More than four months after former head football coach Robby Wells resigned and then filed a lawsuit accusing Savannah State of racism, SSU officials have decided to respond.
Outgoing administration vice-president and interim athletic director Claud Flythe called Wells a “pathological liar,” according to the Atlanta Constitution-Journal.
“It’s ludicrous that someone would make those accusations,” Flythe told the AJC.
Many people admit that the entire affair with Wells was badly managed, with one administrator calling it one of “the most poorly handled situations.”
“This should have been addressed in January,” the official added.
Wells was given a “resign-or-be-fired” ultimatum back in January by Flythe and other university officials concerned with what they called judgment and ethics lapses by Wells two years after he was hired.
Wells, the first white football coach in SSU’s history, contends in his lawsuit that he was fired because his fiance is black. He said university officials also told him in a letter that the school’s alumni would not support him because he was white nor would the predominantly African-American population of Savannah.
Flythe countered that Wells was forced out because of a lack of progress with the football team. Savannah State won five games in 2008 and only two games in 2009. The five victories in 2008 were equal to the total victories in the previous five seasons.
Wells said that some major concerns were brought to his attention in January that made him rethink his position on Wells.
He said the four officials from the athletic department approached him about “serious issues of the football program…things that could jeopardize the integrity of the university.”
Savannah State, which just got off NCAA probation in 2009, is set to join the Mid-Eastern Athletic Conference as its 12th member and doesn’t need any more problems to jeopardize its status.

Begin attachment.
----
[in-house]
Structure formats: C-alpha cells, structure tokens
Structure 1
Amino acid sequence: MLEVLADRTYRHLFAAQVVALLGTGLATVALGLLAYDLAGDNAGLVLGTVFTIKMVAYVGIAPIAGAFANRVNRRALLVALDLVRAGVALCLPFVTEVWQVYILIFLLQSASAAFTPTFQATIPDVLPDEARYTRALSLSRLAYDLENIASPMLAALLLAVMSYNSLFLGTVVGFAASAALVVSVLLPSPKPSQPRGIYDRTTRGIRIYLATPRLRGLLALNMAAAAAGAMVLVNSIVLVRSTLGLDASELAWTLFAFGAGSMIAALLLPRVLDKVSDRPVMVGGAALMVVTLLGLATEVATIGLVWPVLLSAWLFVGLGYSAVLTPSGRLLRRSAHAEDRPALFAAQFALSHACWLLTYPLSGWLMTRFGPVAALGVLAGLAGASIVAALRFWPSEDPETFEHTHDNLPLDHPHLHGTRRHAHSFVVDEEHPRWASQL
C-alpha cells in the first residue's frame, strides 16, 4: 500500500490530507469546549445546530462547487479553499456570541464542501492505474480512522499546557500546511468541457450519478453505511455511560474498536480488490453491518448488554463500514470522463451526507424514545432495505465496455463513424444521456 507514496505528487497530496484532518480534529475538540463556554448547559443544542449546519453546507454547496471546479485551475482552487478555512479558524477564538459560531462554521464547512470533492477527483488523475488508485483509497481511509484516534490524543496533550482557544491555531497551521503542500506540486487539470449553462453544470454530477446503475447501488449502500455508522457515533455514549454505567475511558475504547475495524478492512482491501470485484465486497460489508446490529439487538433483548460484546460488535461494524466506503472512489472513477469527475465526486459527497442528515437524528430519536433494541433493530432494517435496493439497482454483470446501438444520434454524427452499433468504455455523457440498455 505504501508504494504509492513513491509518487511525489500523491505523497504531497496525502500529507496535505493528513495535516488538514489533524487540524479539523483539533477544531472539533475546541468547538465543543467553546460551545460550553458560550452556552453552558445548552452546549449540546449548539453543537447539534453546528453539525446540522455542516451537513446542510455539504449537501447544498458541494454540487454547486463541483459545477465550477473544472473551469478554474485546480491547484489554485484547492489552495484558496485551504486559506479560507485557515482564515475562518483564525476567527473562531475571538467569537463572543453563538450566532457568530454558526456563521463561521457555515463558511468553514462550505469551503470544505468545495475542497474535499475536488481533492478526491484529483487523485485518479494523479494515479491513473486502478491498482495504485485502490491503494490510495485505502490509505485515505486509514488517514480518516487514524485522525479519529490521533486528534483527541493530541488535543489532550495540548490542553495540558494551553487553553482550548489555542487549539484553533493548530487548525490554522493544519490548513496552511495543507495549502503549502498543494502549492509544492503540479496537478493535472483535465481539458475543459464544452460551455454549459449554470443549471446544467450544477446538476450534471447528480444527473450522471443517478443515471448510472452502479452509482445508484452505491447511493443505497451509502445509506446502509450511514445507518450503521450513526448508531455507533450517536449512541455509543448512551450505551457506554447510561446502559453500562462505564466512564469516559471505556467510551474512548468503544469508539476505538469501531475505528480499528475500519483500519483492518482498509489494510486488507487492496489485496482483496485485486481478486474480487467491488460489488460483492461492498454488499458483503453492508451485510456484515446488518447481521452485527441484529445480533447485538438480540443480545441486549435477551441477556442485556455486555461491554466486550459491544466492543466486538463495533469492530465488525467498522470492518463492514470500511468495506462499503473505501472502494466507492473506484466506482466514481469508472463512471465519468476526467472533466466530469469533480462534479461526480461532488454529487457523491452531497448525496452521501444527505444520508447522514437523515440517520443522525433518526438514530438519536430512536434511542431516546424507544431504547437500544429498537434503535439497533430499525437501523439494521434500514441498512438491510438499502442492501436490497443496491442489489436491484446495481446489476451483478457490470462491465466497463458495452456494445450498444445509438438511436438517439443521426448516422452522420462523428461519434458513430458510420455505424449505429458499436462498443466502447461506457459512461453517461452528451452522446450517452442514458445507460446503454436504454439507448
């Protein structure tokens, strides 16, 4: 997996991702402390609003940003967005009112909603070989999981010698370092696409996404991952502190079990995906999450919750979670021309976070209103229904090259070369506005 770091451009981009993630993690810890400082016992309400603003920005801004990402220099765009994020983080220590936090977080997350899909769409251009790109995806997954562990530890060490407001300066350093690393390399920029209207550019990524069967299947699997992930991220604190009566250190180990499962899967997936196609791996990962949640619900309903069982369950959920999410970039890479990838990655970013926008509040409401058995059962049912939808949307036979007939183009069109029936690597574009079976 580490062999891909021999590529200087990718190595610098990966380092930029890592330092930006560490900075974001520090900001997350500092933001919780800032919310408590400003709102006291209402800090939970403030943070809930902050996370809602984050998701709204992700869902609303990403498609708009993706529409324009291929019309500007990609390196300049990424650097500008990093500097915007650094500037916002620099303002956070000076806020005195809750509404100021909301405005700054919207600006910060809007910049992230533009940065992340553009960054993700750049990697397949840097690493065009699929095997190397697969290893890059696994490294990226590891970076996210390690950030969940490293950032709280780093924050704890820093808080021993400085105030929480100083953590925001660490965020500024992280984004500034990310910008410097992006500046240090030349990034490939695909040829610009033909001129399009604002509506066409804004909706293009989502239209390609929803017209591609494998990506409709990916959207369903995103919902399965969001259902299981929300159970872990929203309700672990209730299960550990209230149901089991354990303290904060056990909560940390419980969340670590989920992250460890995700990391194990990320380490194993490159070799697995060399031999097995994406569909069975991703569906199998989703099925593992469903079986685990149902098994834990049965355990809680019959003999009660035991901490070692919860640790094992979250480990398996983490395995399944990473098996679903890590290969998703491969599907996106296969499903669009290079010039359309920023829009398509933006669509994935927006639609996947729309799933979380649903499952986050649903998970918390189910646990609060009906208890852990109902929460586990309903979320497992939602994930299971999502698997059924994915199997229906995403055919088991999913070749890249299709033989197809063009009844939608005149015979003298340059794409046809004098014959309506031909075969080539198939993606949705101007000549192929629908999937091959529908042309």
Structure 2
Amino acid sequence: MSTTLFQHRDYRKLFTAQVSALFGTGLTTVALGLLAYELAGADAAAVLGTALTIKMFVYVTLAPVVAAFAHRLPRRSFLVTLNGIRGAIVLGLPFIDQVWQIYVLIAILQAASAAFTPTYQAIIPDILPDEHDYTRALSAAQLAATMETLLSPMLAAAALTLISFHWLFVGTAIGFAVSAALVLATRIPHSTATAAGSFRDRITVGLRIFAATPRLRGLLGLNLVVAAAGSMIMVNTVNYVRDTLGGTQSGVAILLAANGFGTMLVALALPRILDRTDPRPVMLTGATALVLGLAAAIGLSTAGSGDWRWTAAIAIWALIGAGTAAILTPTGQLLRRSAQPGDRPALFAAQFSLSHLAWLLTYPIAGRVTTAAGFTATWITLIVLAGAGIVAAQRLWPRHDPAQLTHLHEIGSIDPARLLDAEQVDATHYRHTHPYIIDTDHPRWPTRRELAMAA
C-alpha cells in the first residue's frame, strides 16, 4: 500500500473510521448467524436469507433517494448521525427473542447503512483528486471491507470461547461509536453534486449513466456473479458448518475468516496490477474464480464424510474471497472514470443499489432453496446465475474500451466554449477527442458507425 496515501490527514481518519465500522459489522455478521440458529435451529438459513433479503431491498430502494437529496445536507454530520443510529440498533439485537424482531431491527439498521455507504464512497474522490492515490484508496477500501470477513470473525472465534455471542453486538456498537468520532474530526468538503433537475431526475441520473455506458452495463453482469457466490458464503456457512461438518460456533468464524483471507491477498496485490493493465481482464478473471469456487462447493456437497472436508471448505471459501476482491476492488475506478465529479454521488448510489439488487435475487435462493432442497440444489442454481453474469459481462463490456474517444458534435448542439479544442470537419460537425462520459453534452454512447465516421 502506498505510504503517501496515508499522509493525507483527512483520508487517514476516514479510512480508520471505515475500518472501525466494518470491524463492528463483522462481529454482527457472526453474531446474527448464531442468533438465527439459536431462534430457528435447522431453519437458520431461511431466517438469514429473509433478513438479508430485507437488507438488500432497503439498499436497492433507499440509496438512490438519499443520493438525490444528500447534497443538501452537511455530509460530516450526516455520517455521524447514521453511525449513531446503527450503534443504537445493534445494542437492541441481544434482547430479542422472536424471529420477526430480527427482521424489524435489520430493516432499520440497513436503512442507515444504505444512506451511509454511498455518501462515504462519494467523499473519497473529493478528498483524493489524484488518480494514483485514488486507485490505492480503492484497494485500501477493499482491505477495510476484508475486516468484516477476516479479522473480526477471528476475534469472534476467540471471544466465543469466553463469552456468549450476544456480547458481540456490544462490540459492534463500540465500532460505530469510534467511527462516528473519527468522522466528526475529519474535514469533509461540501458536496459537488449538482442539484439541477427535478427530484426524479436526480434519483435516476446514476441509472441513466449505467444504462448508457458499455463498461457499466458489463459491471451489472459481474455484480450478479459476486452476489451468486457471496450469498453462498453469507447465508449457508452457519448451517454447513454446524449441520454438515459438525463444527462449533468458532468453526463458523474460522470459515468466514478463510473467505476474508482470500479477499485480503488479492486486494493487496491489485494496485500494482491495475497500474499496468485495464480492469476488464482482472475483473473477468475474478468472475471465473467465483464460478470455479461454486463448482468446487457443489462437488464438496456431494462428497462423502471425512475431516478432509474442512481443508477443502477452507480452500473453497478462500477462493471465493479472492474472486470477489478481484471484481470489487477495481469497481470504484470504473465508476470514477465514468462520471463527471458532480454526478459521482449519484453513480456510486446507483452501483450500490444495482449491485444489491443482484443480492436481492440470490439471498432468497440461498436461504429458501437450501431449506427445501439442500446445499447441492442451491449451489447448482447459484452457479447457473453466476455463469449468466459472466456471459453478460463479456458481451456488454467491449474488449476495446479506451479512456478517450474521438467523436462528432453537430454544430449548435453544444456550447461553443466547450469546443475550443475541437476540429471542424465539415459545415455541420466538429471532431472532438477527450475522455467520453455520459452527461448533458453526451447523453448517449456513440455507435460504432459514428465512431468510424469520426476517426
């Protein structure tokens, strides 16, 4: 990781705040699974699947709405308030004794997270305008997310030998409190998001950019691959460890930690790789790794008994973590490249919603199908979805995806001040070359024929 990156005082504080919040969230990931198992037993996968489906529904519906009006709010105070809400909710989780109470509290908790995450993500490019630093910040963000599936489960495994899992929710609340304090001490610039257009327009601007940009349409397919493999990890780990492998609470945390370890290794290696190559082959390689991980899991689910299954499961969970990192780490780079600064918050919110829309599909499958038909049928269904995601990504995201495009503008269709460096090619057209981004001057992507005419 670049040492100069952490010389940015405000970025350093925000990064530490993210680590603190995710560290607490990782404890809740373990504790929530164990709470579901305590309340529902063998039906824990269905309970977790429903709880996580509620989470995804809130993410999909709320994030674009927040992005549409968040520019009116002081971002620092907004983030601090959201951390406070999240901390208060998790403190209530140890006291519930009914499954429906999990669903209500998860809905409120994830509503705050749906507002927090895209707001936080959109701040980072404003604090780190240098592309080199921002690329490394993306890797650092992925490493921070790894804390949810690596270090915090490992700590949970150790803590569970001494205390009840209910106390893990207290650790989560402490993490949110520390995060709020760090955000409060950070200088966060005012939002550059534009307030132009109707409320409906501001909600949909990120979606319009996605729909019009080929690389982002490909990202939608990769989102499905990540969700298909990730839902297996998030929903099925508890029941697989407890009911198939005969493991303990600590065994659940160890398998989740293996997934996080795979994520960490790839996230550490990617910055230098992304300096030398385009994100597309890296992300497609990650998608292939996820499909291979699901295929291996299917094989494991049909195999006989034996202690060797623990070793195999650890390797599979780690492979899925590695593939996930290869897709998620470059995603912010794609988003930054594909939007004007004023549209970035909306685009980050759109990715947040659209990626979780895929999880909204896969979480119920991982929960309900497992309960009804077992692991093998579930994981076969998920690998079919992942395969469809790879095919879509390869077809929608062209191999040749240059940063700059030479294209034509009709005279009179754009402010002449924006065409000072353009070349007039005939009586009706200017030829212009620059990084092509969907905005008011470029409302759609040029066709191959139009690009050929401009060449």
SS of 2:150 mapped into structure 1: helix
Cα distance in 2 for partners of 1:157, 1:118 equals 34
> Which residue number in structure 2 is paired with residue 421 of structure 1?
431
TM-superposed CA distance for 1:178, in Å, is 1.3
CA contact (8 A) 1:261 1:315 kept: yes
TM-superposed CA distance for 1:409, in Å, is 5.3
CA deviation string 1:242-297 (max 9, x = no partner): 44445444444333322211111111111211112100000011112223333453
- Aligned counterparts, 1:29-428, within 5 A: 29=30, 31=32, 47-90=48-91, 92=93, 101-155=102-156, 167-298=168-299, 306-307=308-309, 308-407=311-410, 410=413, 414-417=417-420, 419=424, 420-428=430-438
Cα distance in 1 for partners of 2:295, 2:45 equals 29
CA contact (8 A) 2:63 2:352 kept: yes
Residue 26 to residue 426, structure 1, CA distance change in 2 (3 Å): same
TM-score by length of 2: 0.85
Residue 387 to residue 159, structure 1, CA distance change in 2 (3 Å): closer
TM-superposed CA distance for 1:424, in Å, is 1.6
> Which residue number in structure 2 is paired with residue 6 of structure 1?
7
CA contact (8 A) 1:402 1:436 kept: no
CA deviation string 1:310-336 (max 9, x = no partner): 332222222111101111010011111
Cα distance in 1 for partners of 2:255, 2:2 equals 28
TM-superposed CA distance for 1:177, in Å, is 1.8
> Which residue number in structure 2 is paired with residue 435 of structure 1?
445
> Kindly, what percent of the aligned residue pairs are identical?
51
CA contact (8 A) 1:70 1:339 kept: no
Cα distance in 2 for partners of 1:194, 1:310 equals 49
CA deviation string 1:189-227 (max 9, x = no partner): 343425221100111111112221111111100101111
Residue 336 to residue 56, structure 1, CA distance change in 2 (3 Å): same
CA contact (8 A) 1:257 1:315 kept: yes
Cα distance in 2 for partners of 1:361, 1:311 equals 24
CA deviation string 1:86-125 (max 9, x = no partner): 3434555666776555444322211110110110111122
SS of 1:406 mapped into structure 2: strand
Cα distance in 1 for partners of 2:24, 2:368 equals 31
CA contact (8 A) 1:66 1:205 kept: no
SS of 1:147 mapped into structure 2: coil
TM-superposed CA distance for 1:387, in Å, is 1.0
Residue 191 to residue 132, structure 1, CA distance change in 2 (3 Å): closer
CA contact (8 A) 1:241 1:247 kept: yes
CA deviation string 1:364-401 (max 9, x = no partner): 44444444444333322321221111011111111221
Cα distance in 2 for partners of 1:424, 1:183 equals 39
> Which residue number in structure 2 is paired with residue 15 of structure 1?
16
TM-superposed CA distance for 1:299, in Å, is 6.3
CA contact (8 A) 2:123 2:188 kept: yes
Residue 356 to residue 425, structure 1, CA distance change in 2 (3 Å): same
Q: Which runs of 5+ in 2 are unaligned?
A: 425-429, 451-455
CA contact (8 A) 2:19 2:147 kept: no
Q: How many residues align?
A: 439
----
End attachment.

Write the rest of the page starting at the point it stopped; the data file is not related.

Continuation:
Flythe said the concerns included “a misuse of travel money during the 2008 football season,” “difficulty following the chain of command” and “receiving extra benefit (sic) that has not been reported through university channels.”
Flythe did not elaborate on what those extra benefits might have been.
In a previous letter to Wells, Flythe called the former coach a self-promoter who “cares more about his image than his team.” Wells said in the letter than Wells ate before the team did, took cell phone calls during team meetings and traveled back from games with his family and not with his players. Flythe stated that Wells ordered equipment and hired staff without following proper procedures and that athletes “admittedly lack respect” for him.
Despite these problems, Savannah State extended Wells contract for another year in December 2009.
Wells’ accusations are just the tip of the iceberg for SSU. The school confirmed that 13 football players were ineligible for spring practice and that 20 other players had either quite the team and had been dismissed for various violations and infractions.
The university confirmed other news reports that 13 of the players were ineligible to participate in spring practice and that 20 players had either quit or were dismissed from the team.
Wells had promised to recruit 25 new players for the teams from the ranks of area high schools, as well as from Division I cast-offs. Controversy erupted soon after when SSU officials declined to offer scholarships to five of Wells’ recruits, all of whom were white.
Flythe chaired the committee that hired Wells as football coach in 2008. Flythe said Wells was hired on the promise of bringing more money into the school.
At the time of the hiring, Wells had fairly impressive credentials. He had been a graduate assistant under the legendary Lou Holtz at South Carolina, followed by a stint as defensive coordinator for MEAC powerhouse South Carolina State. He also spent a year at Benedict College before jumping to SSU.
For his part, Wells said that all of his accusations are true and that he has the evidence to back them up. His lawyer, Debra Schwartz, said she had not seen any letters that Flythe gave to the AJC and could not comment on them.
But, she did have one question regarding Flythe and Savannah State.
“If his job performance was so poor, why give him a contract extension?” she asked.